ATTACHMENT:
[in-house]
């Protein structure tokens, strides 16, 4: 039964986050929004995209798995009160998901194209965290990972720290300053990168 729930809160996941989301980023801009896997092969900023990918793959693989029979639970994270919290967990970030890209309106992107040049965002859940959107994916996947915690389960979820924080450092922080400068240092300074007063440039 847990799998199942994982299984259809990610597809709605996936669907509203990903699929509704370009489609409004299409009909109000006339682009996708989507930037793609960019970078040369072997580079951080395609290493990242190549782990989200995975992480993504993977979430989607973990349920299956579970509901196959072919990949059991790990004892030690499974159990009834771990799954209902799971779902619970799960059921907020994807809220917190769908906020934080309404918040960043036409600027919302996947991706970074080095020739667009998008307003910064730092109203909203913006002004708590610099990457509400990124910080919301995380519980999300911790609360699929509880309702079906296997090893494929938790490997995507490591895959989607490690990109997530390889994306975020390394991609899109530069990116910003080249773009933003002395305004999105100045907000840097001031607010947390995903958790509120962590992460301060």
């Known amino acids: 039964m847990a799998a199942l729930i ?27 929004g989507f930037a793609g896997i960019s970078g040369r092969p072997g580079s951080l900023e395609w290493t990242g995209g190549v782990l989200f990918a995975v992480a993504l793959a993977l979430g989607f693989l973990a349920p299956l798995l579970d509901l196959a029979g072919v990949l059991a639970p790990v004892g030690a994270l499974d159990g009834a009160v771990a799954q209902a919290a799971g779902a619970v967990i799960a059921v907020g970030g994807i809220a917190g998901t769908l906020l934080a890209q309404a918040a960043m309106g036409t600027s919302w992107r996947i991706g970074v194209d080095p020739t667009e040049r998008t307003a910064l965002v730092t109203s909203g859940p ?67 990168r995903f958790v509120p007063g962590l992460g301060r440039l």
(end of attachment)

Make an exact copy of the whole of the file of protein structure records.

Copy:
[in-house]
């Protein structure tokens, strides 16, 4: 039964986050929004995209798995009160998901194209965290990972720290300053990168 729930809160996941989301980023801009896997092969900023990918793959693989029979639970994270919290967990970030890209309106992107040049965002859940959107994916996947915690389960979820924080450092922080400068240092300074007063440039 847990799998199942994982299984259809990610597809709605996936669907509203990903699929509704370009489609409004299409009909109000006339682009996708989507930037793609960019970078040369072997580079951080395609290493990242190549782990989200995975992480993504993977979430989607973990349920299956579970509901196959072919990949059991790990004892030690499974159990009834771990799954209902799971779902619970799960059921907020994807809220917190769908906020934080309404918040960043036409600027919302996947991706970074080095020739667009998008307003910064730092109203909203913006002004708590610099990457509400990124910080919301995380519980999300911790609360699929509880309702079906296997090893494929938790490997995507490591895959989607490690990109997530390889994306975020390394991609899109530069990116910003080249773009933003002395305004999105100045907000840097001031607010947390995903958790509120962590992460301060």
């Known amino acids: 039964m847990a799998a199942l729930i ?27 929004g989507f930037a793609g896997i960019s970078g040369r092969p072997g580079s951080l900023e395609w290493t990242g995209g190549v782990l989200f990918a995975v992480a993504l793959a993977l979430g989607f693989l973990a349920p299956l798995l579970d509901l196959a029979g072919v990949l059991a639970p790990v004892g030690a994270l499974d159990g009834a009160v771990a799954q209902a919290a799971g779902a619970v967990i799960a059921v907020g970030g994807i809220a917190g998901t769908l906020l934080a890209q309404a918040a960043m309106g036409t600027s919302w992107r996947i991706g970074v194209d080095p020739t667009e040049r998008t307003a910064l965002v730092t109203s909203g859940p ?67 990168r995903f958790v509120p007063g962590l992460g301060r440039l």